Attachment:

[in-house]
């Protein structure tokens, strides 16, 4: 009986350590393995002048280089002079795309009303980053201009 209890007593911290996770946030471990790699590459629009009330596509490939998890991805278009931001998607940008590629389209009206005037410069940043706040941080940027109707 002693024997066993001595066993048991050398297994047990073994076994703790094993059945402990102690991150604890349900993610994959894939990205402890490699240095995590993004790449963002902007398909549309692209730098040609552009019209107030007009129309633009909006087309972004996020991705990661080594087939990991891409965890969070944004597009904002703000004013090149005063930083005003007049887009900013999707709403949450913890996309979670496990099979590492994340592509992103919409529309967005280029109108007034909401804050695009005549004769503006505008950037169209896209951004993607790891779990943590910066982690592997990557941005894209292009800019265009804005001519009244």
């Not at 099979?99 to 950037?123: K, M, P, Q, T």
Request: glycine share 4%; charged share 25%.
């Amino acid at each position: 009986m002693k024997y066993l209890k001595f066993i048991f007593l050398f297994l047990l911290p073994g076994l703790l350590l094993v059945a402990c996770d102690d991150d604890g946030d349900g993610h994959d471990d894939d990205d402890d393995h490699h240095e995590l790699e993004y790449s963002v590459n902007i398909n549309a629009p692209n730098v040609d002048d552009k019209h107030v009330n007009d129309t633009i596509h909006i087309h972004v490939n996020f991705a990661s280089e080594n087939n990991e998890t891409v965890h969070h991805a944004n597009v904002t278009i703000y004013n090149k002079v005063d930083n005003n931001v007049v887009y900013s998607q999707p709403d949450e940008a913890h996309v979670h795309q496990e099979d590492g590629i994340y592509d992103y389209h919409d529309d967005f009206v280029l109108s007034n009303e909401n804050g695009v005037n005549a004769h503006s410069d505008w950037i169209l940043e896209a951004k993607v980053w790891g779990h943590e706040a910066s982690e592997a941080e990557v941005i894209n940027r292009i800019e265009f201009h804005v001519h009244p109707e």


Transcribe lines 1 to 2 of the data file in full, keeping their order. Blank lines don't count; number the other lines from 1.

[in-house]
């Protein structure tokens, strides 16, 4: 009986350590393995002048280089002079795309009303980053201009 209890007593911290996770946030471990790699590459629009009330596509490939998890991805278009931001998607940008590629389209009206005037410069940043706040941080940027109707 002693024997066993001595066993048991050398297994047990073994076994703790094993059945402990102690991150604890349900993610994959894939990205402890490699240095995590993004790449963002902007398909549309692209730098040609552009019209107030007009129309633009909006087309972004996020991705990661080594087939990991891409965890969070944004597009904002703000004013090149005063930083005003007049887009900013999707709403949450913890996309979670496990099979590492994340592509992103919409529309967005280029109108007034909401804050695009005549004769503006505008950037169209896209951004993607790891779990943590910066982690592997990557941005894209292009800019265009804005001519009244």